ON SAYING PLEASE
About the author
Alfred George Gardiner (1865–1946), a British journalist and author, is highly regarded in the literary arena. From 1915 he contributed to The Star under the pseudonym (pen name) Alpha of the Plough. At the time, The Star had several anonymous essayists whose pseudonyms were the names of stars. Invited to choose the name of a star as a pseudonym he chose the name of the brightest (alpha) star in the constellation ‘the Plough’. His essays are uniformly elegant, graceful and humorous. His uniqueness lay in his ability to teach the basic truths of life in an easy and amusing manner. The Pillars of Society, Pebbles on the Shore, Many Furrows and Leaves in the Wind are some of his best known writings. Let’s read a highly edifying essay touching upon a very basic principle of life.
Good Manners are of great value in human life. Bad manners are not a legal crime. But everybody dislikes a man with bad manners. Small courtesies win us a lot of friends. Words like ‘please’ and ‘thank you’ helps us in making our passage through life smooth. The law does not permit us to hit back if we are the victims of bad manners. But if we are threatened with physical violence, the law permits us some liberty of action. Bad manners create a chain reaction. Social practice demands politeness from us. A good mannered person will find that his work becomes e person will find that his work becomes easier by the ready co-operation that he gets from others. Summary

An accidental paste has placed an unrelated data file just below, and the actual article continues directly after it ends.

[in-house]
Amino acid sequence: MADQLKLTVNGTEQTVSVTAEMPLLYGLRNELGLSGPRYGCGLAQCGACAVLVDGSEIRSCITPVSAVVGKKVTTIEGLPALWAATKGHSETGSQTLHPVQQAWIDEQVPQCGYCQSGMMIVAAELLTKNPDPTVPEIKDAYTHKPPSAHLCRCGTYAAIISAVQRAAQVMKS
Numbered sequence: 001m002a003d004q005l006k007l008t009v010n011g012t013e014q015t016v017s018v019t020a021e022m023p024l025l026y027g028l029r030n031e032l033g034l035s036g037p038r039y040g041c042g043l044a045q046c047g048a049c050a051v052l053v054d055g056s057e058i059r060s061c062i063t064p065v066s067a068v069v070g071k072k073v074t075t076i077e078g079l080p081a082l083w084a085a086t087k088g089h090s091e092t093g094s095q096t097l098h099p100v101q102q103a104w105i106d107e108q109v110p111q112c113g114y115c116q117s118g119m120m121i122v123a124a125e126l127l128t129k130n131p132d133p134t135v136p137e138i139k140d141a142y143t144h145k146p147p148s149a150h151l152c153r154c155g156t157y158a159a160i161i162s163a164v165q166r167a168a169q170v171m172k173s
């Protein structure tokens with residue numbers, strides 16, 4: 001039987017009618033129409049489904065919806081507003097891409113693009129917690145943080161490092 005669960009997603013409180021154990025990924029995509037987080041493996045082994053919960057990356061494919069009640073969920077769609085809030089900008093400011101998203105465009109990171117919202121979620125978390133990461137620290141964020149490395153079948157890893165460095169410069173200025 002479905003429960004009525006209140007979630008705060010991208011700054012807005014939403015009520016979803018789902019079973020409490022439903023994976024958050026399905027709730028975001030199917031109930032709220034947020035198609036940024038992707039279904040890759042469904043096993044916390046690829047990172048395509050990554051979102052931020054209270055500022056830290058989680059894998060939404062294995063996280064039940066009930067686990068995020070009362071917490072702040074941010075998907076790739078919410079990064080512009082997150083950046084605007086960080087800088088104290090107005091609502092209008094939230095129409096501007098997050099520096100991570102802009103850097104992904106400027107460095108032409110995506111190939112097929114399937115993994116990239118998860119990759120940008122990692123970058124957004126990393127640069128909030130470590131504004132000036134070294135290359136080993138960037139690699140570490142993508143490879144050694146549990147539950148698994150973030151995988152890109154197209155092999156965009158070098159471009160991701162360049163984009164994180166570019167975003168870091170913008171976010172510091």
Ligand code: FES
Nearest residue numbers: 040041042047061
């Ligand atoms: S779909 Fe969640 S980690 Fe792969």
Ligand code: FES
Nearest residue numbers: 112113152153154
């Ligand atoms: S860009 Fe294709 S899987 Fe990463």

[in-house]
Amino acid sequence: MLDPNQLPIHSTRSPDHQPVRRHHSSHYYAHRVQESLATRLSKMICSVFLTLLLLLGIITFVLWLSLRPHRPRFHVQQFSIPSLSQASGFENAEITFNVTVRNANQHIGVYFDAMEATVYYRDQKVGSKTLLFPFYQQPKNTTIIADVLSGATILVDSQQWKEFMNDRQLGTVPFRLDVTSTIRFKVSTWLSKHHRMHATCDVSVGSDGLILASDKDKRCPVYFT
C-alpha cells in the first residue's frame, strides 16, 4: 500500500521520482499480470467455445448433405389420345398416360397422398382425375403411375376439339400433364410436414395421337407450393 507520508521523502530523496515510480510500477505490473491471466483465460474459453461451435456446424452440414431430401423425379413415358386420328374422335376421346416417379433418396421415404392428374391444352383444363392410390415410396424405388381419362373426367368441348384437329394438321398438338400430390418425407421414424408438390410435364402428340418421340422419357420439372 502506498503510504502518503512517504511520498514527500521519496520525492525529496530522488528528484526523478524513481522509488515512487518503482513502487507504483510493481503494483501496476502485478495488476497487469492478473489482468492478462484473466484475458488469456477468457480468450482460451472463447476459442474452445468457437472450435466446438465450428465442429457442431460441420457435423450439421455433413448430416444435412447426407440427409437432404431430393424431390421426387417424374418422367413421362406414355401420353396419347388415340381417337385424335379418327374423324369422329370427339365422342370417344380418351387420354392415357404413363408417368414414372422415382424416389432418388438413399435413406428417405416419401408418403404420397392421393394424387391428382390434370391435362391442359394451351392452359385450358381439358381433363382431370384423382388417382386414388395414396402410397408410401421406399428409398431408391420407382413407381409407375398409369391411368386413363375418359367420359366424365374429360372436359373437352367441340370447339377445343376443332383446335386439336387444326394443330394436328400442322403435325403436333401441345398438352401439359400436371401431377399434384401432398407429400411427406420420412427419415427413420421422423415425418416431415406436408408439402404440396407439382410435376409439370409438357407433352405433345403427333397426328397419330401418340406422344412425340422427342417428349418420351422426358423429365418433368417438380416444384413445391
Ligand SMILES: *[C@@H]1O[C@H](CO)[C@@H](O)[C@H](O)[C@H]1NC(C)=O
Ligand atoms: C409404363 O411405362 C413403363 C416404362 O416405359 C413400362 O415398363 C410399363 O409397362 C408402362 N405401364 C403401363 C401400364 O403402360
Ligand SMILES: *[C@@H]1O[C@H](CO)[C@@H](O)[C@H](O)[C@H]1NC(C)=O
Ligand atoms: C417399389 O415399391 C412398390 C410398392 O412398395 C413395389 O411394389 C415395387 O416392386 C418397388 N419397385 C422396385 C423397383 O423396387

This essay deals with little but socially important incident from daily life. It shows us the importance of word like please or thank you in our everyday life. They settle bitter quarrels and soften bad tempers. The damage done by an unkind word is more painful than physical injury. A lift-man in an office threw a passenger out of the lift as the latter was impolite. He did not use the word please while asking him to take him to the top. The author is of the opinion that...
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